If you were to unravel all the blood vessels contained in the average adult, they would stretch to a distance of 100,000 miles. And while the Six Suites of Johann Sebastian Bach (BWV 1007-1012) have always felt like such an unraveling, heard now from the viola of Kim Kashkashian, one becomes aware of that distance in an entirely new way. Whereas on the cello the extent of their totality feels surprising and overwhelming, here it takes an intimate, inevitable quality. In that respect, Kashkashian makes us believe that this music has passed through every molecule of her own body before a single note has tingled from the regard of a microphone.

Kashkashian heats expectation to the consistency of glass, cools it, and shines new light through its resulting prism by starting with Suite II in D minor. At first, one might miss the “depth” of the cello, but what the viola may lack in octave it makes up for with a resolutely vocal quality. With so much emotion at hand, the listener feels inadequate to contain it all. Yet both composer and interpreter assure us of having enough corridors within us to provide passage. In her rendering of the Sarabande especially, Kashkashian hasn’t so much revealed something once hidden by the screens of former performances, but taken the first pictures of this moon’s far side. Indeed, whereas other performers have focused on the face that’s always illuminated—whether by force of history or convention—Kashkashian shines her creative light onto a darker plane that was always there but for so long went unseen.

Only next do we find ourselves swaddled by Suite I in G major. At last, we get those familiar arpeggios, making their appearance all the more savory for their anticipatory marinade. What might normally be experienced as the seed, then, becomes the stalk born from that seed, at last graspable as an object of silent regard, not unlike the bow used to elicit its photosynthesis. Kashkashian shows her greenest spectrum in the Allemande, tracing every life-giving vein from edge to edge. Here, as also in the Courante that follows and the Menuet a skip beyond, she takes her time, allowing rhythms and ornaments to suggest their own variations and appearances.

Anyone missing the cello’s grit will find it dutifully preserved in C-minor Suite V. Between the angular Prélude and the laddering Gavotte, there’s plenty of sediment to be sifted through. The latter movement is a major turning point in that respect, and was for these ears the moment when the viola took on its spirit as a voice to be reckoned with in its own terms. What becomes clearer from this point forward is that everything Kashkashian plays is infused with as much of her being as Bach’s very own.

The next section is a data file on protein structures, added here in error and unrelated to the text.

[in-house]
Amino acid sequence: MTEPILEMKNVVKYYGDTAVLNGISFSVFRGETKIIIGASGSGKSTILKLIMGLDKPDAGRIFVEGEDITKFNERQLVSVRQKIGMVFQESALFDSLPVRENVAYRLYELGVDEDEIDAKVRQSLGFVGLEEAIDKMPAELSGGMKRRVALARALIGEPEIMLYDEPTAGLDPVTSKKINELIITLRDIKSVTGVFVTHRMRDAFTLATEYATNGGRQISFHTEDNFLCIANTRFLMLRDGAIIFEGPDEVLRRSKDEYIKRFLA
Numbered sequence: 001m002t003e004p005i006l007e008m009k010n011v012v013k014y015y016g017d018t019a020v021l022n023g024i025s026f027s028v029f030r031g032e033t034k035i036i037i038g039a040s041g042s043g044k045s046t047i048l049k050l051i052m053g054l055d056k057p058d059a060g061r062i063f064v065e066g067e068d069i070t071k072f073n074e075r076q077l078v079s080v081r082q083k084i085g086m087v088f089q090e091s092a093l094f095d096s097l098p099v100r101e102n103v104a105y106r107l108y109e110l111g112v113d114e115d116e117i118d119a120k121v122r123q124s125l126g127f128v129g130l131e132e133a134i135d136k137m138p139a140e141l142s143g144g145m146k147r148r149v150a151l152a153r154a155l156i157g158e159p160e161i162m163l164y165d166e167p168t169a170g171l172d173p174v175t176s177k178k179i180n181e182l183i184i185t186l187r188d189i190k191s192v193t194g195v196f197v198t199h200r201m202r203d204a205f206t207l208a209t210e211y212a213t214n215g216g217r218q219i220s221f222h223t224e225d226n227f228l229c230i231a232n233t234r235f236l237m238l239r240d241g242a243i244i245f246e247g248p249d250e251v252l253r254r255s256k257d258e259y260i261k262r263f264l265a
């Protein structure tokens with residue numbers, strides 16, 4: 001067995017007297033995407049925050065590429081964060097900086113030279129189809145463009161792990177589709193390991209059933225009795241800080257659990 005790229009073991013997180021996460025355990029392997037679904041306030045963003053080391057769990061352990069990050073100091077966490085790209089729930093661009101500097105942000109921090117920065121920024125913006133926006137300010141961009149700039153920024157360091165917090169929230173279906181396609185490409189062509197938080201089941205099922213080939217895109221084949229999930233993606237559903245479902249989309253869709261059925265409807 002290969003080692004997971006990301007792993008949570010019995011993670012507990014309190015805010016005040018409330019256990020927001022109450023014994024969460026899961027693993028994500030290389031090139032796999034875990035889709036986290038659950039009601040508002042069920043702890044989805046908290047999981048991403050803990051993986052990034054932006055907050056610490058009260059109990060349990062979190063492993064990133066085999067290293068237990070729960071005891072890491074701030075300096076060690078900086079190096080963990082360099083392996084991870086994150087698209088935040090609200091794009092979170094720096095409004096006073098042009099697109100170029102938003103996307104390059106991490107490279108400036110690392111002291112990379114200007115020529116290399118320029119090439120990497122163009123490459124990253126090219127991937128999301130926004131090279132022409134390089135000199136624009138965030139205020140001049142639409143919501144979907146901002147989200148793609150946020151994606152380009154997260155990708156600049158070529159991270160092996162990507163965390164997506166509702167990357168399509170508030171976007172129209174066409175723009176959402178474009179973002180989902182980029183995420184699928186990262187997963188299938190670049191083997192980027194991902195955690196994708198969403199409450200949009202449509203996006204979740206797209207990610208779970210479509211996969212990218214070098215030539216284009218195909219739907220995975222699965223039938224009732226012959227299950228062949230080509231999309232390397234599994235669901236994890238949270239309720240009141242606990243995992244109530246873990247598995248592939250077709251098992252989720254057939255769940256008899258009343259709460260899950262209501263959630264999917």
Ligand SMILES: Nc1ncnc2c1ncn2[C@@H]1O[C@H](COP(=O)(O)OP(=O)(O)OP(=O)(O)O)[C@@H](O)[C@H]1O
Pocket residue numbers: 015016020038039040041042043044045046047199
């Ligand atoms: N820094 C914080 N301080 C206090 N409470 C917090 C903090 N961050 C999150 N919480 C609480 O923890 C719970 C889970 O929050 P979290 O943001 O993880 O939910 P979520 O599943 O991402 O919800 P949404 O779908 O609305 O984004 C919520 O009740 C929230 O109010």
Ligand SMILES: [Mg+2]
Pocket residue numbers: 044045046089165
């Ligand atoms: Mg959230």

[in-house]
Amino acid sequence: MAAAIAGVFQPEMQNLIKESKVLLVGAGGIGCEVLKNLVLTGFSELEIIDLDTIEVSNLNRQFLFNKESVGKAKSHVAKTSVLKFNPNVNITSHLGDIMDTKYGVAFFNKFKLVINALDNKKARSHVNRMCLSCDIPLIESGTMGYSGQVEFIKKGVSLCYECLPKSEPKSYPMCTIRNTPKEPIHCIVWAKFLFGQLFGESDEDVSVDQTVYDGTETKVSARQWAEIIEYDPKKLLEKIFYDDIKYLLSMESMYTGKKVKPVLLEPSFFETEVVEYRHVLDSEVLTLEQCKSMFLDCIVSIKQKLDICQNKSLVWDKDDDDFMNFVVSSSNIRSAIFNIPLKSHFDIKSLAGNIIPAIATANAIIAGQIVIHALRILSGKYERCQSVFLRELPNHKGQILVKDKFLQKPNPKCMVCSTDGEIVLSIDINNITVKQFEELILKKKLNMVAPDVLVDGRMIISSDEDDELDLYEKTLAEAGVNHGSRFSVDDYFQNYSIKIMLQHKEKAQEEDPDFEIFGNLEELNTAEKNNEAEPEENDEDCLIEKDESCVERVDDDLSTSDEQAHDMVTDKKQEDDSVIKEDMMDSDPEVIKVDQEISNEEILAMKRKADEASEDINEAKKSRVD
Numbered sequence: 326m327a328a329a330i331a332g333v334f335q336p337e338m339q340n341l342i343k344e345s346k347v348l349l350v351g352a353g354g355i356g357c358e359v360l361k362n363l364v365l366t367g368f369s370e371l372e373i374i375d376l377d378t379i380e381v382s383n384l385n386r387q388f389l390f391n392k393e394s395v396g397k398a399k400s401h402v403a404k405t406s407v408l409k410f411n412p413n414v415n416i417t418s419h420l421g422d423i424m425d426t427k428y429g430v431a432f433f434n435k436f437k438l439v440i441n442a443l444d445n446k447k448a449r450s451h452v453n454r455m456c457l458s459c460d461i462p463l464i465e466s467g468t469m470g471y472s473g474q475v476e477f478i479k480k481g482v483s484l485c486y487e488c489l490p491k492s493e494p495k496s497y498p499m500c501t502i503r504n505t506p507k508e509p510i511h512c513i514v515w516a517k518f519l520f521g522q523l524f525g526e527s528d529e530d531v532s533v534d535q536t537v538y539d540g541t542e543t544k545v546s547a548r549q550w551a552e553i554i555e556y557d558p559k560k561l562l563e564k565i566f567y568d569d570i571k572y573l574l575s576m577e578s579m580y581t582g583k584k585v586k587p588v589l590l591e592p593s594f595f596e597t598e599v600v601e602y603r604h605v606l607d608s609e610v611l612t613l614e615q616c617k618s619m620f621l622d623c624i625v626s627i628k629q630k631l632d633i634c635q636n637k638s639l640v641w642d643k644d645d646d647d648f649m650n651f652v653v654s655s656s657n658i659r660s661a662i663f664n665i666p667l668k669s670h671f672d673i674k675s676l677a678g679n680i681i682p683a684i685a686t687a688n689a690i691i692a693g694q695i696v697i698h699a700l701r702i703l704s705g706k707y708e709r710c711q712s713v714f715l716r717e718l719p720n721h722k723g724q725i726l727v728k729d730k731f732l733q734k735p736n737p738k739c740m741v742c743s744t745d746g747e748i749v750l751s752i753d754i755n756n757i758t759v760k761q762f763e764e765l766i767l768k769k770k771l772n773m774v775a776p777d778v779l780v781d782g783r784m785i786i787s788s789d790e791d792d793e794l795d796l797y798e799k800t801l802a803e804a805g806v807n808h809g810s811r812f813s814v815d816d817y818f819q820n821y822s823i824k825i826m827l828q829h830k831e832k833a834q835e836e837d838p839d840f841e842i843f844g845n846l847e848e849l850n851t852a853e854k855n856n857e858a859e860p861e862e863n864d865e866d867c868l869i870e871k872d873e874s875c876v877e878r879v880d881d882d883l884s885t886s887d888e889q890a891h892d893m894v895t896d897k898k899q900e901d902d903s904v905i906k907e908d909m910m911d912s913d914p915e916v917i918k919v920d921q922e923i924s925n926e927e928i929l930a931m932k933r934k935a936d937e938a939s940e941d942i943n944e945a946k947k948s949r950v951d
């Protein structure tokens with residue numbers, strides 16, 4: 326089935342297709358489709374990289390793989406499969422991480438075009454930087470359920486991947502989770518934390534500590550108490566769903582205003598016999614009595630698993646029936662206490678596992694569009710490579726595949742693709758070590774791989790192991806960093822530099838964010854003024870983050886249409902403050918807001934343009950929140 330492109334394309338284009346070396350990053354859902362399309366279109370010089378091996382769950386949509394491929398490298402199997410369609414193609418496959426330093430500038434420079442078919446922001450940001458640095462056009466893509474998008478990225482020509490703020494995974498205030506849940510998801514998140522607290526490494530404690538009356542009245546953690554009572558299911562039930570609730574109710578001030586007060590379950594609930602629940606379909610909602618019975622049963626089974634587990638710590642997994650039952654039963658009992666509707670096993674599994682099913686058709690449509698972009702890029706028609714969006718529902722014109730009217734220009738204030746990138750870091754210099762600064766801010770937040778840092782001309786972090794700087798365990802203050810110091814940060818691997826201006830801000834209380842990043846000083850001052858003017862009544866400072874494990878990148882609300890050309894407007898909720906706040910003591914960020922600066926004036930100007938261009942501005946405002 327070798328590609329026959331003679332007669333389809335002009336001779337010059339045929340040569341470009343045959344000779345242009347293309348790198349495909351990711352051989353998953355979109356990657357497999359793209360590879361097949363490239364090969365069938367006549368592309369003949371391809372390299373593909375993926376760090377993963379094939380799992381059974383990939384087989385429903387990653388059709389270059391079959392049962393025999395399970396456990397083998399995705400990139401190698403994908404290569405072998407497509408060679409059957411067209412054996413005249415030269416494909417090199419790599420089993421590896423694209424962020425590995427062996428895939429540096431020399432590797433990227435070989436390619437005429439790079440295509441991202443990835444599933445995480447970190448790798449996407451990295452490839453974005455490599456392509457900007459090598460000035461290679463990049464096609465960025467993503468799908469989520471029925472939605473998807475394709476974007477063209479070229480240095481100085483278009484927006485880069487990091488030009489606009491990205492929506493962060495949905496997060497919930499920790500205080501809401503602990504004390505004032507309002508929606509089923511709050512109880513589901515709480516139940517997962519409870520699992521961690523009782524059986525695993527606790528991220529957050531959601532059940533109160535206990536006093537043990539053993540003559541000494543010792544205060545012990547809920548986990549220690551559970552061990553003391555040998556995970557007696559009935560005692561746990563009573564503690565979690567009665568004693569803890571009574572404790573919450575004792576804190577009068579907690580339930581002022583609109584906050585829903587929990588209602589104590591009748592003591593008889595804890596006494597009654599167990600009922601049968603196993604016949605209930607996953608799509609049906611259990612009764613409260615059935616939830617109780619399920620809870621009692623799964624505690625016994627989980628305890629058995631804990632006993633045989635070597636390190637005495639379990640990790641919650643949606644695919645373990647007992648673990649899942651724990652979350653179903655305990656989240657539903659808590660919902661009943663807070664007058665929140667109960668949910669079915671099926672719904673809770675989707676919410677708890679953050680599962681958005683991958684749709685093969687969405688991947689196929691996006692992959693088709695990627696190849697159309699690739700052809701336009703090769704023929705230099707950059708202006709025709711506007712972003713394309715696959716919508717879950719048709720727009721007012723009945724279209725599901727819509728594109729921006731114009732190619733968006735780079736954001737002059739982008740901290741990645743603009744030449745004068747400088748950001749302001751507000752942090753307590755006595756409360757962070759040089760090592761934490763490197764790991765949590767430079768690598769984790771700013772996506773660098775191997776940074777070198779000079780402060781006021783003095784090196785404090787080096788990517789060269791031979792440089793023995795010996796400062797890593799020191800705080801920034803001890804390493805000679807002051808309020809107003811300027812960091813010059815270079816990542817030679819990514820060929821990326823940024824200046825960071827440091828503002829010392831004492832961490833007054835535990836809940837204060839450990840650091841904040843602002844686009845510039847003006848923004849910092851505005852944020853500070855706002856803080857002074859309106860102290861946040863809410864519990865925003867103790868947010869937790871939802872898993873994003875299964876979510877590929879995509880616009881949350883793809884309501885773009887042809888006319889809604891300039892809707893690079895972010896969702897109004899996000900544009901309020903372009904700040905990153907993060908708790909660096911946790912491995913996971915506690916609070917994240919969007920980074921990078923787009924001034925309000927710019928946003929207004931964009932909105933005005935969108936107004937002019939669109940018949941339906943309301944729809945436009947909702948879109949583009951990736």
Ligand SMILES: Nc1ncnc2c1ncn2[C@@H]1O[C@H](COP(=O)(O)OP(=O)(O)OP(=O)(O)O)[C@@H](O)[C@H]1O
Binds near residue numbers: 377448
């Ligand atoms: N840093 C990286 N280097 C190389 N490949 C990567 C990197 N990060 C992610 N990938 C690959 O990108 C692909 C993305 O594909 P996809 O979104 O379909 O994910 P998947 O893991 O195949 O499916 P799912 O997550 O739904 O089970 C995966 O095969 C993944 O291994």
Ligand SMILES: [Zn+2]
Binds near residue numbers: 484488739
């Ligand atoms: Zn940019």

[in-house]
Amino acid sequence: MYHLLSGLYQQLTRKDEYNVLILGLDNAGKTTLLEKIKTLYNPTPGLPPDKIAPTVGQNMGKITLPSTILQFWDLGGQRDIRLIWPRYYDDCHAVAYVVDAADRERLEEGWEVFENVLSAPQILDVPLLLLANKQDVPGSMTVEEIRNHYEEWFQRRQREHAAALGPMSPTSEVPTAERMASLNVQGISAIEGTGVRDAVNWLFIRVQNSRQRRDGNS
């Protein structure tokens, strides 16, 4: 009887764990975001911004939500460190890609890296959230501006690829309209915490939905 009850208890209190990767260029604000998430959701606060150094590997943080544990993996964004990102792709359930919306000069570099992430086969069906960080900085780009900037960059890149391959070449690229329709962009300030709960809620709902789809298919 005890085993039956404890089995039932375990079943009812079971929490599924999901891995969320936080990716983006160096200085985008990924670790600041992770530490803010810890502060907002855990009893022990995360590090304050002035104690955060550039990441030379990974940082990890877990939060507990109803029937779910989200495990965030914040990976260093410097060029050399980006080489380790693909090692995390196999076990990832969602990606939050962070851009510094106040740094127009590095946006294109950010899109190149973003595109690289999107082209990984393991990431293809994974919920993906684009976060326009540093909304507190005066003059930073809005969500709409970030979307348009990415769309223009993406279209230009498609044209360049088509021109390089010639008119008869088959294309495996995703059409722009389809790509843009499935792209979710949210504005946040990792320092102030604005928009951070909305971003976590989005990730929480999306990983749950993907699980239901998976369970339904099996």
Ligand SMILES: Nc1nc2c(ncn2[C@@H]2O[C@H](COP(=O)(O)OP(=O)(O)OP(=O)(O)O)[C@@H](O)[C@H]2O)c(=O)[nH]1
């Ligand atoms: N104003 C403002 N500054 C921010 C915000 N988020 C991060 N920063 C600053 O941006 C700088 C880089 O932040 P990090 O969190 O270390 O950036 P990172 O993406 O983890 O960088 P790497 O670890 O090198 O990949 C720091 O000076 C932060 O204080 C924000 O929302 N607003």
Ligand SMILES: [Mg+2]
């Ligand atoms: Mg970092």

While “thinking out loud” is a descriptor often reserved for jazz improvisors, throughout Suite IV in E-flat major, Kashkashian shows us that classical musicians at the highest level are equally deserving of the accolade. Whether in every studied pause of the Allemande, masterful bowing of the Courante, or lively restraint of the duple Bourée, she shifts the light to reveal facets that, while forever singing, need a temporary amplifier to become audible.

Suite III, written in the fundamental C major, is a pantheon among temples, and therefore holds itself with a dignity that the other suites can only taste in shadow. Its own Allemande is another master class in syncopation and finds Kashkashian moving as would a linguist through a text so fully clothed in marginalia that, despite not being written in the native tongue, becomes second nature through years of anthropological internalization. So, too, the Courante, which leaps not from the strings but from the bow bidding them to resonate. Neither has the Bourée sounded so connected to its physical means, cracking in the ear like the softest of whips.